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With summer finally here many Britons are enjoying spending lots of time in the sun, potentially hoping to develop a tan.
While there are some health benefits to catching some rays – including topping up your vitamin D levels – there are also risks.
Skin cancer is a deadly risk commonly linked to sun exposure.
With this in mind, Doctor Paul Banwell, the founder and former head of the Melanoma and Skin Cancer Unit (MASCU) in East Grinstead, spoke exclusively with Express.co.uk about how much sunscreen is necessary to protect ourselves.
“Most people apply sunscreen too thinly and that means protection is reduced,” he said.
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“An adult should be applying around six to eight teaspoons to cover their body.
“To help visualise this, some people use the two finger method.
“This works by squirting two fingers with sunscreen and applying two fingers to eleven different sections of the body, which include your head, face and neck, then left arm, right arm, upper back, lower back, chest, stomach, left upper leg, right upper leg, left lower leg and foot, right lower leg and foot.
“If you are using a spray, you want to apply until an even sheen appears all over the skin.”
How often should we apply sunscreen?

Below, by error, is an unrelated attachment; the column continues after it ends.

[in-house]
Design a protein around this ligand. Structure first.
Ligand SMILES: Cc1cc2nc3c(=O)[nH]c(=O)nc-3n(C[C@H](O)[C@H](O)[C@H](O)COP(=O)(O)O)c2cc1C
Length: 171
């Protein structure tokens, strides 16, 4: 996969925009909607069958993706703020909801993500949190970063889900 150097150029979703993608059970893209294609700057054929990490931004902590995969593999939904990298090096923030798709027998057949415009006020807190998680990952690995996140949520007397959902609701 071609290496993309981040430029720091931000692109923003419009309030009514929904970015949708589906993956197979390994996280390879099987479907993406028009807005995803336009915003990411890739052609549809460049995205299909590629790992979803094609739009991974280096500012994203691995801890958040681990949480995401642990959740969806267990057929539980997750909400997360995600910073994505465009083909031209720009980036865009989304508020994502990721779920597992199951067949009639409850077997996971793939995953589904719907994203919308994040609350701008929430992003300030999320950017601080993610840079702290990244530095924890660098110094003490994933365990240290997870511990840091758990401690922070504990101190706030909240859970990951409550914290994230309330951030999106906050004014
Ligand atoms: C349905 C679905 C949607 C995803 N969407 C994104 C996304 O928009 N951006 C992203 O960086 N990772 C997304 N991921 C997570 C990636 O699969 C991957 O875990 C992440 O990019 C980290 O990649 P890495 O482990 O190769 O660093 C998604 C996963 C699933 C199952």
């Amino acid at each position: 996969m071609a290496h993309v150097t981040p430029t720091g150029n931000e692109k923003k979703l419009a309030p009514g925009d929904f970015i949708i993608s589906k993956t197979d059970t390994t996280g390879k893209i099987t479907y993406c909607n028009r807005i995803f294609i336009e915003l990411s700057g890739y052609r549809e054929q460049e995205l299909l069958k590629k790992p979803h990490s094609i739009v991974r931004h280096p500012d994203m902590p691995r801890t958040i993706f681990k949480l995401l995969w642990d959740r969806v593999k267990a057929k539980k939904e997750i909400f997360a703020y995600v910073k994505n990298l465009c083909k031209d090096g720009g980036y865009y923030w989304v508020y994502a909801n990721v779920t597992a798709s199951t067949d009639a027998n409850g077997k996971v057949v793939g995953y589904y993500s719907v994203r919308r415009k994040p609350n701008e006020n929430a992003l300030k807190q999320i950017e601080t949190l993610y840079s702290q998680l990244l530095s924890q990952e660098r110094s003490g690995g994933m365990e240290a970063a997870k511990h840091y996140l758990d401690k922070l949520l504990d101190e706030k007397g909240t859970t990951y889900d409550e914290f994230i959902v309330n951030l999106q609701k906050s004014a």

“Regardless of the SPF, it’s important to apply sunscreen 30 minutes before going outside and reapply it every two hours or immediately after swimming or sweating,” Dr Banwell said.
“A high SPF should not lead to a false sense of security – it will not protect you from burning.
“A higher SPF does not mean you need to re-apply it less often. Sunscreens with high SPF ratings block slightly more UVB rays, but none offers 100 percent protection.”
What is the difference between the different types of SPFs?
“Sun protection factor (SPF) shows the degree of skin protection offered by a product,” he explained.
“I would recommend when choosing a sunscreen, whether organic or chemical, that you look for a broad spectrum one so you are protected from both UVA and UVB rays.
“Newer sunscreens have infrared (IR) protection too and should be considered.
“The difference comes in how long it would take to burn compared to not using any sunscreen.
“So if you wear SPF 50, you can expect it to take 50 times longer to burn than if you were not wearing anything.
“An SPF 15 offers protection from 93 percent of UVB rays, whereas SPF 50 offers 98 percent protection of UVB rays.”
What’s the minimum SPF factor we should be using?
He added: “I would always advise people to wear SPF no matter what the weather.
“The minimum factor I would recommend is SPF 30. The NHS recommends an SPF of at least 30 to protect yourself.
“Personally, I would use SPF 50. I also recommend using shade, protective clothing and a hat and staying out of the midday sun.”